The foundations of Latin American and Caribbean medicine and health were laid over three-and-a-half centuries of complex interplay among what were initially three broadly distinct civilizations. One was the grand variety of indigenous American healing systems, many of which were dismembered by contact and conquest. A second was made up of elements brought from Africa by slaves, some of them specialized healers, and reinvented by a variety of Afro-descended practitioners in contact with both indigenous and European medicine. The third was medicine from the countries of the colonizers, both popular and official, transferred to the Americas and in its official guise refashioned as an important pillar of colonial rule and legitimation.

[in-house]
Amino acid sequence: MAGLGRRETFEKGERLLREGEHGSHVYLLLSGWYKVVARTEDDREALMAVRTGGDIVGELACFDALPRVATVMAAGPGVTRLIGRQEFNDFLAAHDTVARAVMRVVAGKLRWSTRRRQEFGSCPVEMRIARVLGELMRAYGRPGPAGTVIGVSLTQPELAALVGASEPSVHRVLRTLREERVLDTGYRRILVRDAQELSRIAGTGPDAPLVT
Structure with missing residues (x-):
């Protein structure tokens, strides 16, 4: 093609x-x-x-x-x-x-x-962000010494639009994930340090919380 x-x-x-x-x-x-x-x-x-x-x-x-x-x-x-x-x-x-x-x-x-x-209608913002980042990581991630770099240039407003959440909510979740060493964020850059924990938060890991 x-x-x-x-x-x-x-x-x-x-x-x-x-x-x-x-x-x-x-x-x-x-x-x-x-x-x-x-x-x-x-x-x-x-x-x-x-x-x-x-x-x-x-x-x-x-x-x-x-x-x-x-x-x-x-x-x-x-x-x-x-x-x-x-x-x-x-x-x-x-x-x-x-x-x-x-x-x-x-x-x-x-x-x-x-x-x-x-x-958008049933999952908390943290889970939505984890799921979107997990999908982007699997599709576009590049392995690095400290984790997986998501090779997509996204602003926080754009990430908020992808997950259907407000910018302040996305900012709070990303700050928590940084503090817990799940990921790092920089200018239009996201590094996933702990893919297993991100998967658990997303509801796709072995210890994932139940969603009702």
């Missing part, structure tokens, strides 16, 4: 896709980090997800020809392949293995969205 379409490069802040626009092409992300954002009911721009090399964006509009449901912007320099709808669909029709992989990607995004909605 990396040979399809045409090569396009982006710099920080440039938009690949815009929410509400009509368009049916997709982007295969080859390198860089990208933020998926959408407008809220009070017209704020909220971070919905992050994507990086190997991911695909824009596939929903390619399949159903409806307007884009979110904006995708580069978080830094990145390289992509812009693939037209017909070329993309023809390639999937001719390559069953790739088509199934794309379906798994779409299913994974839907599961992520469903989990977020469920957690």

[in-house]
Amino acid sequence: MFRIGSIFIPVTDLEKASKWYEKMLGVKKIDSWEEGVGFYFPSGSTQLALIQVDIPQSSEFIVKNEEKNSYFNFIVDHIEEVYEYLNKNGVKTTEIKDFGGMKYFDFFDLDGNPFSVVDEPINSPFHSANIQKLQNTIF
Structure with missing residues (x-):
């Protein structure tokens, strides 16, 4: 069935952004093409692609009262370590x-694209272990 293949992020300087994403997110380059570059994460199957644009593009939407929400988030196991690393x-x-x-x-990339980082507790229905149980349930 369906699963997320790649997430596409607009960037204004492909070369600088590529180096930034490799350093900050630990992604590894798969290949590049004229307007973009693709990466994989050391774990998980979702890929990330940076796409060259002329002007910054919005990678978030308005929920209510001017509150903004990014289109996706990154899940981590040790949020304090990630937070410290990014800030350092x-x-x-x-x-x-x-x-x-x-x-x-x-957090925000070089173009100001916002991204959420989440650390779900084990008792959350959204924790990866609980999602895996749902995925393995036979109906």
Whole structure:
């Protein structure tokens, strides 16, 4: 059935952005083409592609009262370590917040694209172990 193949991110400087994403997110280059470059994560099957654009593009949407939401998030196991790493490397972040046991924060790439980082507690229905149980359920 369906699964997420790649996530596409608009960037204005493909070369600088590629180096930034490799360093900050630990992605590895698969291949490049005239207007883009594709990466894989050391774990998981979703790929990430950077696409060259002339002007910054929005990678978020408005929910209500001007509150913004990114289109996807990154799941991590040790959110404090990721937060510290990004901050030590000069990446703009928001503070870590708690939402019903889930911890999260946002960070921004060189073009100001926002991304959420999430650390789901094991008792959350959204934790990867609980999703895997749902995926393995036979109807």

The history of this interplay provides cues and clues to understanding the way that medical pluralism exists and interacts with official health and healing in contemporary Latin America and the Caribbean. The new history of medicine, covering the period from just before indigenous contact with the Spanish and Portuguese at the end of the fifteenth century until most of Latin America’s revolutionary republics and Brazil’s autonomous empire had established a tenuous independence in the mid-nineteenth century, has also expanded our knowledge of local social history. Perhaps most surprisingly, it has increased our knowledge of political history in which official and popular healers often played transformative parts. The new history of medicine and health during these three-and-a-half centuries also provides a much better sense of the agency of local actors, including indigenous and Afro-descended ones, in the global circulation of medical materials, ideas, and practices. This is parallel to a new history of science that finds insufficient the unidirectionality and dichotomy implied in previous models that emphasized the notions of cultural diffusion, center-periphery, or scientific imperialism as frameworks of analysis. This novel history conceives the circulation of plants, people, and ideas as an asymmetric creative process, one where nations and savants from different nations negotiated power, interacted, and reconfigured knowledge.
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